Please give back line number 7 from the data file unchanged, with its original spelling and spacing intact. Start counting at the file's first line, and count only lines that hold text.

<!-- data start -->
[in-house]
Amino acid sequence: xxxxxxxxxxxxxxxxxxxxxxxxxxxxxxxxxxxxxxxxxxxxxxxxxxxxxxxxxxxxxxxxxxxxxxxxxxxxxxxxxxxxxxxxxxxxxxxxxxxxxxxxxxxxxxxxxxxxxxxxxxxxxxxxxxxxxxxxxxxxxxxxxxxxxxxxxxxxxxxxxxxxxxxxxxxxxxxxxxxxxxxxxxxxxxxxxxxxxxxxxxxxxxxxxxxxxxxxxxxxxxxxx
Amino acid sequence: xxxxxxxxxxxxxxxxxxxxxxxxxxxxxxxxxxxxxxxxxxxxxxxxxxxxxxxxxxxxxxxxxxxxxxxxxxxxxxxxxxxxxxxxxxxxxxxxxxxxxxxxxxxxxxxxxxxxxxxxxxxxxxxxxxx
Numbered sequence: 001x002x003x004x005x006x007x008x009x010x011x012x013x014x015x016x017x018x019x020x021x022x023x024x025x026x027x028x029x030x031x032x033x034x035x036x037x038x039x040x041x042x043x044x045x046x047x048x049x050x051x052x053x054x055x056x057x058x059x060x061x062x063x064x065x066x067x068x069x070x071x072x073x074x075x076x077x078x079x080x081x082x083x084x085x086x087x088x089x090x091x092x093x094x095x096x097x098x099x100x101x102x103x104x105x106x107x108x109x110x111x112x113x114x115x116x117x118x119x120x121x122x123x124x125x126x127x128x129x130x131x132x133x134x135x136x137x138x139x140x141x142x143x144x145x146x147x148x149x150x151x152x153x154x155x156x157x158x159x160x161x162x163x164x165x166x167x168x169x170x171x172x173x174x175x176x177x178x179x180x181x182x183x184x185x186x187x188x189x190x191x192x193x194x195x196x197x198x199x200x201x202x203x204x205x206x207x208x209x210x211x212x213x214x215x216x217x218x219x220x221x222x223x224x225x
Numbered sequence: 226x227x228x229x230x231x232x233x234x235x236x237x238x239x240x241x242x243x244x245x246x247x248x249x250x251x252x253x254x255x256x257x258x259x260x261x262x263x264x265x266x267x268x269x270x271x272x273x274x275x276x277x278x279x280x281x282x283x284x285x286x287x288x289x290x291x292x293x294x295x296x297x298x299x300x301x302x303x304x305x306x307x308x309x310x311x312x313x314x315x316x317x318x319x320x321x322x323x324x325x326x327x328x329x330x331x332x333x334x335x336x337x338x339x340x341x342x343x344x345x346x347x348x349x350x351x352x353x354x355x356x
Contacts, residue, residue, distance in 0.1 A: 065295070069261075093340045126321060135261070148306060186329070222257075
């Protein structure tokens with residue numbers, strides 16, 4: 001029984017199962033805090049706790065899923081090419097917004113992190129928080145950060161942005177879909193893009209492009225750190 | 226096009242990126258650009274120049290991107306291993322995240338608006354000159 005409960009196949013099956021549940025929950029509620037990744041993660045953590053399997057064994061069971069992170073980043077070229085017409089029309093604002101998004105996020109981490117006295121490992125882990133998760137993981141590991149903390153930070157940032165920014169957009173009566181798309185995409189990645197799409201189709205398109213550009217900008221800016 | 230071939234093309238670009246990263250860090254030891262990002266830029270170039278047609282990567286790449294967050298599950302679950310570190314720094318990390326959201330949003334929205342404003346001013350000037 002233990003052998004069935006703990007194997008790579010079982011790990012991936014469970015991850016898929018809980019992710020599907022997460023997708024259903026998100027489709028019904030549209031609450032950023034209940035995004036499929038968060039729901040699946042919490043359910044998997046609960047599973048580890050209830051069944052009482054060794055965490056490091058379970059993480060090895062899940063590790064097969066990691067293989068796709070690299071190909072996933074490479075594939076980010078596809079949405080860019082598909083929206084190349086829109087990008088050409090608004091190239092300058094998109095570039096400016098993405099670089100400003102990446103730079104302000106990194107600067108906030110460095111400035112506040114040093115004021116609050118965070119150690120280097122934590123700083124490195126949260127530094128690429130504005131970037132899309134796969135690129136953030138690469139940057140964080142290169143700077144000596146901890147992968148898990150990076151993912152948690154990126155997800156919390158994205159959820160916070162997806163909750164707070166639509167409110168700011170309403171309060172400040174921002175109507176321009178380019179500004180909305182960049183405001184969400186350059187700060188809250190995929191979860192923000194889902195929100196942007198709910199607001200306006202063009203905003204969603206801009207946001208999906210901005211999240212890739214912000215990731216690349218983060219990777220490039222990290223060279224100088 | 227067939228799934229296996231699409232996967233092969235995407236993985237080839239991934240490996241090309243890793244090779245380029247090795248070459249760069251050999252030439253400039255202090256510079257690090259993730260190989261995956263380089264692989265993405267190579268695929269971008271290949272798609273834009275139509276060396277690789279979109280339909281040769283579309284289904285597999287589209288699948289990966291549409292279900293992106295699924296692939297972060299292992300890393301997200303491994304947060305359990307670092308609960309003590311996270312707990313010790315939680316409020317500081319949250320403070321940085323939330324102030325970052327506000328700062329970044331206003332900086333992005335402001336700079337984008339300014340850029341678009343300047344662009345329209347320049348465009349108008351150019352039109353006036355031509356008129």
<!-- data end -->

């Protein structure tokens with residue numbers, strides 16, 4: 001029984017199962033805090049706790065899923081090419097917004113992190129928080145950060161942005177879909193893009209492009225750190 | 226096009242990126258650009274120049290991107306291993322995240338608006354000159 005409960009196949013099956021549940025929950029509620037990744041993660045953590053399997057064994061069971069992170073980043077070229085017409089029309093604002101998004105996020109981490117006295121490992125882990133998760137993981141590991149903390153930070157940032165920014169957009173009566181798309185995409189990645197799409201189709205398109213550009217900008221800016 | 230071939234093309238670009246990263250860090254030891262990002266830029270170039278047609282990567286790449294967050298599950302679950310570190314720094318990390326959201330949003334929205342404003346001013350000037 002233990003052998004069935006703990007194997008790579010079982011790990012991936014469970015991850016898929018809980019992710020599907022997460023997708024259903026998100027489709028019904030549209031609450032950023034209940035995004036499929038968060039729901040699946042919490043359910044998997046609960047599973048580890050209830051069944052009482054060794055965490056490091058379970059993480060090895062899940063590790064097969066990691067293989068796709070690299071190909072996933074490479075594939076980010078596809079949405080860019082598909083929206084190349086829109087990008088050409090608004091190239092300058094998109095570039096400016098993405099670089100400003102990446103730079104302000106990194107600067108906030110460095111400035112506040114040093115004021116609050118965070119150690120280097122934590123700083124490195126949260127530094128690429130504005131970037132899309134796969135690129136953030138690469139940057140964080142290169143700077144000596146901890147992968148898990150990076151993912152948690154990126155997800156919390158994205159959820160916070162997806163909750164707070166639509167409110168700011170309403171309060172400040174921002175109507176321009178380019179500004180909305182960049183405001184969400186350059187700060188809250190995929191979860192923000194889902195929100196942007198709910199607001200306006202063009203905003204969603206801009207946001208999906210901005211999240212890739214912000215990731216690349218983060219990777220490039222990290223060279224100088 | 227067939228799934229296996231699409232996967233092969235995407236993985237080839239991934240490996241090309243890793244090779245380029247090795248070459249760069251050999252030439253400039255202090256510079257690090259993730260190989261995956263380089264692989265993405267190579268695929269971008271290949272798609273834009275139509276060396277690789279979109280339909281040769283579309284289904285597999287589209288699948289990966291549409292279900293992106295699924296692939297972060299292992300890393301997200303491994304947060305359990307670092308609960309003590311996270312707990313010790315939680316409020317500081319949250320403070321940085323939330324102030325970052327506000328700062329970044331206003332900086333992005335402001336700079337984008339300014340850029341678009343300047344662009345329209347320049348465009349108008351150019352039109353006036355031509356008129």